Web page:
June 25, 2010

Congress Delivers President Obama a ‘Doc Fix’ Bill

After realizing that combining the ‘Doc Fix’ provision with a jobs creation package was not politically feasible, House Democrats promptly passed a six-month solution to the ongoing cuts in Medicare reimbursement rates to physicians.  The temporary fix passed the House late Thursday night by a vote of 415-1.  The Center for Medicare and Medicaid Services had already started to process Medicare claims at the 21%-lower rate, causing severe financial damage to medical practices nationally.  All prior claims will be resubmitted and paid at the new reimbursement rates. Additionally, the bill allows for a 2.2% raise for physician reimbursement rates.  Despite this small-scale victory, there were no celebrations on Capitol Hill, as the same problem is on the verge of occurring yet again.  In December, Medicare physicians are scheduled to face a 23% cut in reimbursement rates, increasing up to 30% by January.  Policy experts, Medicare beneficiaries, and doctors alike are grateful for the fix, but believe that a permanent solution must be implemented.  “The Alliance is pleased that Congress has put politics aside in order to protect the quality of care that seniors receive,” said Edward F. Coyle, Executive Director of the Alliance.  “We hope that during the next six-months, Congress will be able pass a permanent solution to this recurring problem, and we still hope for a jobs and economic relief package.”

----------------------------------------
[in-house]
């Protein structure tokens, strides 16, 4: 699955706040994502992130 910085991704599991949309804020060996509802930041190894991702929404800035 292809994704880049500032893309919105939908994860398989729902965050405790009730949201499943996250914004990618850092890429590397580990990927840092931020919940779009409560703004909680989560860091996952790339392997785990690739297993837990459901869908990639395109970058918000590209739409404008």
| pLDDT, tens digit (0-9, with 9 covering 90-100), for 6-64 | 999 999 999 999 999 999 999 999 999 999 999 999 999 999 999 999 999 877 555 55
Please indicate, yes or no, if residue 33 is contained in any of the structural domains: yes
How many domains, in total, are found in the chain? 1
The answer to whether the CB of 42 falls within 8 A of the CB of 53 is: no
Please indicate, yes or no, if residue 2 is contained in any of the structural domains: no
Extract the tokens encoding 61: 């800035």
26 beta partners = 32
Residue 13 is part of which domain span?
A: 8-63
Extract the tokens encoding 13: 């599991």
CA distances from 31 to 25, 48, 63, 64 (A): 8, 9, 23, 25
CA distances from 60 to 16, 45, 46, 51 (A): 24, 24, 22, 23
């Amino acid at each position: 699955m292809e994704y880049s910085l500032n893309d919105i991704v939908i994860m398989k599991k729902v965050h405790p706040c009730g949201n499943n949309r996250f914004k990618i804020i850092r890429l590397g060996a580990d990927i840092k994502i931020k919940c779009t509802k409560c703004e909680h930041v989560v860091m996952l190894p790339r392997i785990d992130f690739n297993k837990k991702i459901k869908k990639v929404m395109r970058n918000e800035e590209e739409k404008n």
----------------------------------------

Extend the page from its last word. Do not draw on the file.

America Speaks: National Meeting to Take Place on Saturday
On June 26, America Speaks, an organization its creators describe as seeking to increase citizen involvement in public policy, will be holding a town hall meeting on the budget deficit in twenty different cities around the country.  The participants will be connected via interactive technology.  After the meeting, America Speaks and its partners will put together a series of recommendations; they will then present those findings to Congress and the President’s Fiscal Commission, most immediately when the Commission meets on June 30.  The stated goal of the forum is to grant the public the ability to voice their opinions on how best to deal with the country’s financial troubles.  However, many senior advocates fear that some will try to manipulate the discussion in order to blame Social Security unfairly for the national debt.  “Social Security has not added a single cent to our debt.  It is funded directly by payroll contributions from workers and employers,” said Ruben Burks, Secretary-Treasurer of the Alliance.